To succeed, we must read and understand the signs and signals from the cultures we need to work with or influence, be familiar with sensitive taboos, avoid them (never make fun of them!) and be able to adapt our communication and behaviour – of course without violating our own values or compromising to the extreme. You are culturally competent when you possess the ability to understand, communicate with and effectively interact with people across cultures.  When you know where and when it’s important for you to make the locally tailored and right moves, when you can navigate around hidden obstacles in unknown waters, then you are culturally agile. Being culturally agile, means you are “ready” to communicate, negotiate and build trust in other cultures and increase your chances of success!

But how can we develop this kind of competence?

We usually talk about a ladder of stages in building cultural competence, starting with the crucial awareness.

Being aware of your own world view, how you may come forward in the eyes of others, your individual biases and reactions to those who do things differently from yourself and emphasize other priorities than the ones you find important. Then moving from awareness into a more open and conscious attitude – developing positive attitudes towards differences, being curious and wanting to understand! With a curious and positive attitude, the road lies open for willingly learning the values, patterns and ways of others – building up the knowledge stage. Because a positive attitude and “guessing” is far from enough, deliberate learning is needed. And from knowing, there is only one useful way forward: Act!

Use our knowledge into adapting your own behaviour, participate, test out and use skills – in communication, leadership, negotiations or team participation. Of course, we will never be “perfect” as anyone else than ourselves, but It is always noticed (usually in silence) and appreciated and seen as a sign of respect!

In practice, this means that if you need to manage changes, or maybe just succeed in “normal cooperation” involving several cultures, it’s highly important to prepare yourself and your teams as much as you can in understanding and concrete knowledge about the specific cultures involved. It will help you prevent failure and make quantum leaps forward in making the progress and success which gains everybody.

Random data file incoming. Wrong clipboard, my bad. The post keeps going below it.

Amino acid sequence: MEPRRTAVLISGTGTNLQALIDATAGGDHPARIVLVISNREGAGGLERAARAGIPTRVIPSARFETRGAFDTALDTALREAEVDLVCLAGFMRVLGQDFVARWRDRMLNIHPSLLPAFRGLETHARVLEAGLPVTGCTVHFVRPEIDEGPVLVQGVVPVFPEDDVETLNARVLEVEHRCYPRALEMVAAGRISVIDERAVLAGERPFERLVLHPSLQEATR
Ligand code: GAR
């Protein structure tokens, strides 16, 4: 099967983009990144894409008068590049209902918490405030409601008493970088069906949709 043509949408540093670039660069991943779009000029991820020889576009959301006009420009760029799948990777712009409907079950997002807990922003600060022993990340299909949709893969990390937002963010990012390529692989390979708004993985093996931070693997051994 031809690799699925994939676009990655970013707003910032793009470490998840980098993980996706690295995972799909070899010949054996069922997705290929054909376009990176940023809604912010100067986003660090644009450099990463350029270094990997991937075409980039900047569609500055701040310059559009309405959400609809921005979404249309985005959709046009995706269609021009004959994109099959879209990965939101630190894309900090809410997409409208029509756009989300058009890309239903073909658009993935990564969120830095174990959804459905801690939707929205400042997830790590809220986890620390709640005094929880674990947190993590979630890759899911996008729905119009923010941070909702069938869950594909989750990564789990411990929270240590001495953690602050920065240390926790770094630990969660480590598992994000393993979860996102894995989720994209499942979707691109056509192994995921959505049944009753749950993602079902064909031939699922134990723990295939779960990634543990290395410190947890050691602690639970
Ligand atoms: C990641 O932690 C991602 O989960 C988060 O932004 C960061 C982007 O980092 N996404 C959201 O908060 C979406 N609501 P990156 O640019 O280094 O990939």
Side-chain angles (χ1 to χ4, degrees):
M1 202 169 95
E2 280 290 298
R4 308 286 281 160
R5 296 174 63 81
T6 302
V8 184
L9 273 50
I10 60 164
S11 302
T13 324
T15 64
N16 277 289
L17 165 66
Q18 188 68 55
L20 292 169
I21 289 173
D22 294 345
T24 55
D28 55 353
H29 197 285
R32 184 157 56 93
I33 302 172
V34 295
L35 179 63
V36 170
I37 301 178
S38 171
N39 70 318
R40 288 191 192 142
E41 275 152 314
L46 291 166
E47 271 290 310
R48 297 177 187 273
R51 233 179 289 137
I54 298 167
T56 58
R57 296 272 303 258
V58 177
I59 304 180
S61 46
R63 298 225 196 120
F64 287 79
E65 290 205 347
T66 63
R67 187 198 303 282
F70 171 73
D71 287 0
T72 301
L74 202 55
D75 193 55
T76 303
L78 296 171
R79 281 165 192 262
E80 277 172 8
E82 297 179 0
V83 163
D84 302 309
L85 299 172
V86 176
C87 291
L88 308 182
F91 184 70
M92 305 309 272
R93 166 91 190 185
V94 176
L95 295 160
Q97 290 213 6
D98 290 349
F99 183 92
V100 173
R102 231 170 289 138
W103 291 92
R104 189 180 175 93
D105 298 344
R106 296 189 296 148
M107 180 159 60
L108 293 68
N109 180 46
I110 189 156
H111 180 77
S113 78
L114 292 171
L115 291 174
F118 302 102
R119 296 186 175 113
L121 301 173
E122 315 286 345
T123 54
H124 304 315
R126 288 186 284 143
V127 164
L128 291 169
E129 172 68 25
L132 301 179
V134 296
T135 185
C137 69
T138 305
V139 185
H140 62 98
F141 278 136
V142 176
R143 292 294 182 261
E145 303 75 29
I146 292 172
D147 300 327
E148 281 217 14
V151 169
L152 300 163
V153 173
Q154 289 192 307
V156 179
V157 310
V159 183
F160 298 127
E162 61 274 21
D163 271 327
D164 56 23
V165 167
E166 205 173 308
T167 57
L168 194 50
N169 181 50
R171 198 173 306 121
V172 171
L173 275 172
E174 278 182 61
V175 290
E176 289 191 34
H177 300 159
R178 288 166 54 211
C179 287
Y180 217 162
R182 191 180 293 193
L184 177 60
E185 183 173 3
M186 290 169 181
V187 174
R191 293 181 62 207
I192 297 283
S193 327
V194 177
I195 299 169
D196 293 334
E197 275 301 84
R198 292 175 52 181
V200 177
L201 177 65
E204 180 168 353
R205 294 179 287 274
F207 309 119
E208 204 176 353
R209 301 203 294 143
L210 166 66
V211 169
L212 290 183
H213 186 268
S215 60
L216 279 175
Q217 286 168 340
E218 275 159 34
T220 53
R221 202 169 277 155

Building intercultural competence and agility is simply part of doing your job well, which is something we all want to do!

What skills do you need to optimise success in multicultural projects?

We know for a fact that cultural diversity in projects often causes misunderstandings, conflicts and errors that break the success and efficiency instead of making it. Cooperation, speed, quality, accountability and innovation suffer despite the brilliant qualifications of people, and in high-risk industries, safety bleeds. Intentions get twisted and logic and emotions collide. And it is especially under stress and time constraints, that our emotions and instincts overrule logic. But we also know that multicultural projects have the potential to reach far greater results than homogeneous groups, so the challenges are well worth conquering! This is tested out and measured, and we have pinned down what the project managers of the low and high performing teams do differently. The low performing teams had project leaders that neglected cultural factors and only focussed on tasks, which caused their teams to underperform and split.

The project leaders of the highest performing teams took deliberate measures to increase performance level, and their secret to success was rather simple: MAP, BRIDGE and INTEGRATE the people involved, from the start and through the process. What we roughly map, is what geographical cultural category people come from (the high level we consider three diametrically opposed ones in the world, basically coded in colours red, blue and yellow (see The Lewis Model and World Map below).  Further mapping includes more precise country-specific values and ultimately each individual’s unique working styles and strong contributions on top of their cultural roots and preferences. The model actually pins down most of the countries in the world along its three sides, which we go deeper into in training programs. The World Map gives a rough picture.